Google Assistant today announced the introduction of real-time translations with Google Home speakers and third-party smart displays like those from JBL, Sony, and Lenovo. Interpretations will initially be available in 27 languages. Plans are to later bring real-time interpretations to mobile devices, but no date has been set, a company spokesperson told VentureBeat.

Real-time interpretation with Google Assistant is the latest conversational AI milestone from Google, following the release of Duplex and Call Screen for Pixel phones in late 2018. But just like the first response to Duplex, you should taper your expectations.

Initial demos by VentureBeat found Interpreter Mode to be quick in its response, but each exchange could last no more than 15 seconds, a limitation that makes Interpreter Mode helpful but not yet capable of handling the longer exchanges that often occur in a typical conversation. That length of time does seem helpful for interpretations in environments like hotel check-in or concierge desks.

Interpreter Mode for Google Assistant appears to build upon translation abilities introduced in fall 2017 for Pixel Buds that drew comparisons to the fictional Babel Fish.

While this feature attracted a fair deal of attention at the time, in practice there were some notable limitations. For example, instead of an assistant that listens to a whole piece of conversation, then spits out a response, in Pixel Buds these translations could not last more than 10 seconds.

Google Translate app today can also deliver some on-the-spot translations, but requires an internet connection, a hurdle that can throw travelers who are away from home without a cell connection.

The news was announced today at the Consumer Electronics Show in Las Vegas.

Also today:

  • Google Assistant is coming to Google Maps, and Android smartphone users can do things like share their ETA with a friend or loved one, search for places to visit along their route, or add a new stop to their journey. Android Maps users will be also able to ask Google Assistant to read their messages and enable hands-free reply messages with WhatsApp, SMS, Facebook Messenger, and other popular chat apps.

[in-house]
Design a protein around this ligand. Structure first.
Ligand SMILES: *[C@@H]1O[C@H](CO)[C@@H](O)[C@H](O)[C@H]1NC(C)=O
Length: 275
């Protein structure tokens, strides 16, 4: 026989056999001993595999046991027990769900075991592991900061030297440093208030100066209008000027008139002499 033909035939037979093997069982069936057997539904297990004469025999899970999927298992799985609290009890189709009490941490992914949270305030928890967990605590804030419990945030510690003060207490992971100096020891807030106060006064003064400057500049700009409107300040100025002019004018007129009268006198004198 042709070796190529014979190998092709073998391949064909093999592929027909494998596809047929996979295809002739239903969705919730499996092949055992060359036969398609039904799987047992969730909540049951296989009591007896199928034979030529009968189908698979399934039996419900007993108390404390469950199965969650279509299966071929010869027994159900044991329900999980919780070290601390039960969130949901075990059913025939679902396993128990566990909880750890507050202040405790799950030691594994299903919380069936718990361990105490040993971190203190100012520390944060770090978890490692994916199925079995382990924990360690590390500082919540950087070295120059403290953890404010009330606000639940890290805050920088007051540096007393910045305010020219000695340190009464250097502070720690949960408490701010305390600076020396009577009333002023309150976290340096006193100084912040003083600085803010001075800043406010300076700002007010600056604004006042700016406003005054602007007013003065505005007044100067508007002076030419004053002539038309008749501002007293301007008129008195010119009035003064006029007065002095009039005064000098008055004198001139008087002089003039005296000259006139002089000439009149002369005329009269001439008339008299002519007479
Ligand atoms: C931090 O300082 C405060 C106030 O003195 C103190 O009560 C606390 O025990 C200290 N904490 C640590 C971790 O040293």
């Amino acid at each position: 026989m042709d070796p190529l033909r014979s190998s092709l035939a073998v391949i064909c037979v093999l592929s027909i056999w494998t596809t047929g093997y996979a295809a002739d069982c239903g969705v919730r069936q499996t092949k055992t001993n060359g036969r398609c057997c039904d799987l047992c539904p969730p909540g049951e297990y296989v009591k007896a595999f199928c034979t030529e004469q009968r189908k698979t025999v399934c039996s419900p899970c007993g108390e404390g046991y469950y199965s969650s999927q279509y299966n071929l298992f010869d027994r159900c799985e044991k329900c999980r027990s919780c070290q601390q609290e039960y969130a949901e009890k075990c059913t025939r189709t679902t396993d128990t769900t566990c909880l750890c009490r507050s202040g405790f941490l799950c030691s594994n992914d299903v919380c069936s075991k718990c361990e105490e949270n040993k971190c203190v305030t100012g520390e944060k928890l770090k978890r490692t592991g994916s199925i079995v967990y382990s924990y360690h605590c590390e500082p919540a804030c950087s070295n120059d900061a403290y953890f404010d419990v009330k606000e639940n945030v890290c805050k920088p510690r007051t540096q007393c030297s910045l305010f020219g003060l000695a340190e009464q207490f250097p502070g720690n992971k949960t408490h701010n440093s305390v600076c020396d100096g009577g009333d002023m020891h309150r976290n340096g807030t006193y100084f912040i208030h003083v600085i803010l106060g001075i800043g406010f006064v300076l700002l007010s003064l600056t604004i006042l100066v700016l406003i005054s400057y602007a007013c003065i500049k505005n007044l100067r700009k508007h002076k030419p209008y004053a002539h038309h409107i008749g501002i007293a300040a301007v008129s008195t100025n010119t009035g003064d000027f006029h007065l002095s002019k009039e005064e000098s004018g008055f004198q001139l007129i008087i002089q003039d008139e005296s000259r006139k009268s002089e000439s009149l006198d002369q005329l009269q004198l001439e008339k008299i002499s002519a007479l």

• Starting with United Airlines flights in the U.S. in the coming days, Google Assistant can help you check in to a flight and get your boarding pass.
  • Building upon an announcement made late last year, in the coming weeks Android smartphones with Google Assistant will be able to respond to commands even when the phone is locked, so you can check your schedule, ask a question, add a reminder, or set a timer hands-free without the need to pick up and unlock your phone.
  • Assistant on lock screens was first made available for Pixel users and will be rolled out for other Android smartphones in the coming weeks, a company spokesperson told VentureBeat in an email.
  • Samsung introduced Google Assistant for its televisions, and Google Assistant will get increase in entertainment options in the year ahead with integrations planned with Dish remotes and Hopper receivers.
  • Google introduced Google Assistant Connect, a way for manufacturers to make simple integrations with Google Assistant for smart home control or to display information. With Connect, a manufacturer can enable simple smart home control or make an external button (like Amazon’s Echo Buttons can carry out Routines) that allows you to, for example, turn on a washing machine or see the weather on a smart mirror.

Above: Google Assistant Connect button

On Monday, ahead of the start of CES, Google announced its Assistant will soon be available on one billion devices. VentureBeat’s Kyle Wiggers reported that the voice of John Legend for Google Assistant, first showcased last year at I/O, has been postponed indefinitely.

While the new interpretation feature introduced today is only intended to act as a translator, it’s easy to imagine the same tech and intelligence someday helping to teach people a new language from scratch. Google Assistant can already provide answers about how to say phrases in more than 100 languages, such as “How do you say ‘hello’ in Mandarin Chinese?”

The introduction of a translator for Google Home comes shortly after Google Assistant reached a previously stated goal to speak 30 languages in 80 countries by the end of 2018. Google also introduced a bilingual assistant capable of switching its language understanding between two languages.

Understanding of languages will naturally be key to powerful speech recognition and the spread of voice-powered assistants. By comparison, Apple’s Siri speaks more than 20 languages, and Amazon’s Alexa speaks roughly half a dozen languages.